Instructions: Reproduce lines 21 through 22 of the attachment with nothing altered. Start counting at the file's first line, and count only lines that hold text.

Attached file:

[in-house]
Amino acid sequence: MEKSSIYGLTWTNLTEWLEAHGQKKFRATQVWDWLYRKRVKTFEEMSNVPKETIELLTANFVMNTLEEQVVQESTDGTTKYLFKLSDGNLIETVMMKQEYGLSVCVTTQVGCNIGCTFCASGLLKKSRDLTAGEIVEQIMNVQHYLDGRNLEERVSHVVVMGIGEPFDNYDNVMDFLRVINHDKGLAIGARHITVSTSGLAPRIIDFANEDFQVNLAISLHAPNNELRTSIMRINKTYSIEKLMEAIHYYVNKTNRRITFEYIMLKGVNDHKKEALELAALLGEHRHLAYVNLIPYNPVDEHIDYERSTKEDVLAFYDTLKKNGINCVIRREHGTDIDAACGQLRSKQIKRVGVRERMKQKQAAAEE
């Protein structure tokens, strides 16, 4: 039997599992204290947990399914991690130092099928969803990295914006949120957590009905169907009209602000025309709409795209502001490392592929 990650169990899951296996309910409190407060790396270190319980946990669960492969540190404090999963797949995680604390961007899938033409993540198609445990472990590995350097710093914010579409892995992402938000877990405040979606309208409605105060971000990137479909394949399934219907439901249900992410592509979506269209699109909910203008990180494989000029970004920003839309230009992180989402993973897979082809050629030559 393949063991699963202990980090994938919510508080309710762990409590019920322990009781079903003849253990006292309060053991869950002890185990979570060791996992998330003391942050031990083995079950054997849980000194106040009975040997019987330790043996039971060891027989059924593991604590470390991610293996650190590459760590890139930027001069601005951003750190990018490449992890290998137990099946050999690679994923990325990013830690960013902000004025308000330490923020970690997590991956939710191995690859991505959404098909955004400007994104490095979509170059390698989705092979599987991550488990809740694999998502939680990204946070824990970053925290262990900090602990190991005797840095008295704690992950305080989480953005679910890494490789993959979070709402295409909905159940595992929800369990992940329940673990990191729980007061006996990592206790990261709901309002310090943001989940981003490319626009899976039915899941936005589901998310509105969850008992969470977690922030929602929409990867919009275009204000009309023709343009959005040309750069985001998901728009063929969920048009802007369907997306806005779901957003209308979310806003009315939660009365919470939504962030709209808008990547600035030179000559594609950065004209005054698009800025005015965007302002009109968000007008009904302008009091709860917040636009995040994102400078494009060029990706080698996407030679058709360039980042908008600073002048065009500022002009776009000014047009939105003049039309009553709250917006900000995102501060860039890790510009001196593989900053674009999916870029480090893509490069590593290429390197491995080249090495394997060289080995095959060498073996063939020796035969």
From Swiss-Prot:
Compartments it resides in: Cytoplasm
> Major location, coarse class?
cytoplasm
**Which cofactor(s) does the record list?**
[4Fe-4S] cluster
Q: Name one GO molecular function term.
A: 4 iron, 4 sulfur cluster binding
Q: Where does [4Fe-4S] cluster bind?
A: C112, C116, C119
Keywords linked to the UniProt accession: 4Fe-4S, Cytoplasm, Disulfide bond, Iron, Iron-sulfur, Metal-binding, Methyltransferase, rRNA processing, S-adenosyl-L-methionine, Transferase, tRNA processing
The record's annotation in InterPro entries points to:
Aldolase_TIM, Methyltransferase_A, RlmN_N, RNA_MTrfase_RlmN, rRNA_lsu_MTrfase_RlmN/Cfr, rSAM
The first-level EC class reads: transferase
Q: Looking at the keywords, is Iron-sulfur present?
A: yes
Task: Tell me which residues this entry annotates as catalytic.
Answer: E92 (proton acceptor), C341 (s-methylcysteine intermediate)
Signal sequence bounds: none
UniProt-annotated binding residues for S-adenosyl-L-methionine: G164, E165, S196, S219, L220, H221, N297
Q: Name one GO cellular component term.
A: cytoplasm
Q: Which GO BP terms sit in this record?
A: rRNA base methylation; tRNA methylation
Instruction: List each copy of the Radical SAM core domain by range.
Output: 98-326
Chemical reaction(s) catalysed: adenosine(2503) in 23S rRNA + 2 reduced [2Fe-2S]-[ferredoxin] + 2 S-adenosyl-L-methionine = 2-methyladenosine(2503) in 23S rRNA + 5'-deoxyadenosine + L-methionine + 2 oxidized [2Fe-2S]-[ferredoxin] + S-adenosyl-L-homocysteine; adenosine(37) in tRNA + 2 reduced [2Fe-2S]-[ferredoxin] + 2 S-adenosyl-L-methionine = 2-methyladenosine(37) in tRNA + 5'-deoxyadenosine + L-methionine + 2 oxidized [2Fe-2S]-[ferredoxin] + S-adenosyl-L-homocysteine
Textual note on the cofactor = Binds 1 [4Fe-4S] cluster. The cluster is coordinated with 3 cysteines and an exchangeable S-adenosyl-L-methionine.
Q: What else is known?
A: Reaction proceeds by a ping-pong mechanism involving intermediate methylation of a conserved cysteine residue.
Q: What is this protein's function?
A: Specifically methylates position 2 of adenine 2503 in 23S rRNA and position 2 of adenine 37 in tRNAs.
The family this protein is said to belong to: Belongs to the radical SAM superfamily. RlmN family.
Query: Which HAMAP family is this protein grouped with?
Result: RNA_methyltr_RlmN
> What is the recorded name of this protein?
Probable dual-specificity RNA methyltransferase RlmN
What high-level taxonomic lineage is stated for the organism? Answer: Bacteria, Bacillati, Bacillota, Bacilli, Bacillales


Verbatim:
Answer: E92 (proton acceptor), C341 (s-methylcysteine intermediate)
Signal sequence bounds: none